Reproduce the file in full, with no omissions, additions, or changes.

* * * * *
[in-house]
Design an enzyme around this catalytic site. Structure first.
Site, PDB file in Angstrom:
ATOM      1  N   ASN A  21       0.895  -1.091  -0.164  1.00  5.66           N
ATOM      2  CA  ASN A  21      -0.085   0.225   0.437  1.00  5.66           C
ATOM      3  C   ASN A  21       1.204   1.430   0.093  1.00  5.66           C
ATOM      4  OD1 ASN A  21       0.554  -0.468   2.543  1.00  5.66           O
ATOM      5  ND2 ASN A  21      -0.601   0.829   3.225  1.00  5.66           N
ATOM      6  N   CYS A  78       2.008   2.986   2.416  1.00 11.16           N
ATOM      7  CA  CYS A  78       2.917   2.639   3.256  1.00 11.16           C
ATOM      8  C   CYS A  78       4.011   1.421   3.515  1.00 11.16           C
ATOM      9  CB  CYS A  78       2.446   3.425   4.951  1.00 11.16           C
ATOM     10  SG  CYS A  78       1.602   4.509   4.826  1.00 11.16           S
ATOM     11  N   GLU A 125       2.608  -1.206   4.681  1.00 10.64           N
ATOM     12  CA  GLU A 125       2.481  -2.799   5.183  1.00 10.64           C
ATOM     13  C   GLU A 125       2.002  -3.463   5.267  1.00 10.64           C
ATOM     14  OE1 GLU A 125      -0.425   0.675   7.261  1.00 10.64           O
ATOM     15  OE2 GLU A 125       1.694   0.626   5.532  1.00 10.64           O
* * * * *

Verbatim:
[in-house]
Design an enzyme around this catalytic site. Structure first.
Site, PDB file in Angstrom:
ATOM      1  N   ASN A  21       0.895  -1.091  -0.164  1.00  5.66           N
ATOM      2  CA  ASN A  21      -0.085   0.225   0.437  1.00  5.66           C
ATOM      3  C   ASN A  21       1.204   1.430   0.093  1.00  5.66           C
ATOM      4  OD1 ASN A  21       0.554  -0.468   2.543  1.00  5.66           O
ATOM      5  ND2 ASN A  21      -0.601   0.829   3.225  1.00  5.66           N
ATOM      6  N   CYS A  78       2.008   2.986   2.416  1.00 11.16           N
ATOM      7  CA  CYS A  78       2.917   2.639   3.256  1.00 11.16           C
ATOM      8  C   CYS A  78       4.011   1.421   3.515  1.00 11.16           C
ATOM      9  CB  CYS A  78       2.446   3.425   4.951  1.00 11.16           C
ATOM     10  SG  CYS A  78       1.602   4.509   4.826  1.00 11.16           S
ATOM     11  N   GLU A 125       2.608  -1.206   4.681  1.00 10.64           N
ATOM     12  CA  GLU A 125       2.481  -2.799   5.183  1.00 10.64           C
ATOM     13  C   GLU A 125       2.002  -3.463   5.267  1.00 10.64           C
ATOM     14  OE1 GLU A 125      -0.425   0.675   7.261  1.00 10.64           O
ATOM     15  OE2 GLU A 125       1.694   0.626   5.532  1.00 10.64           O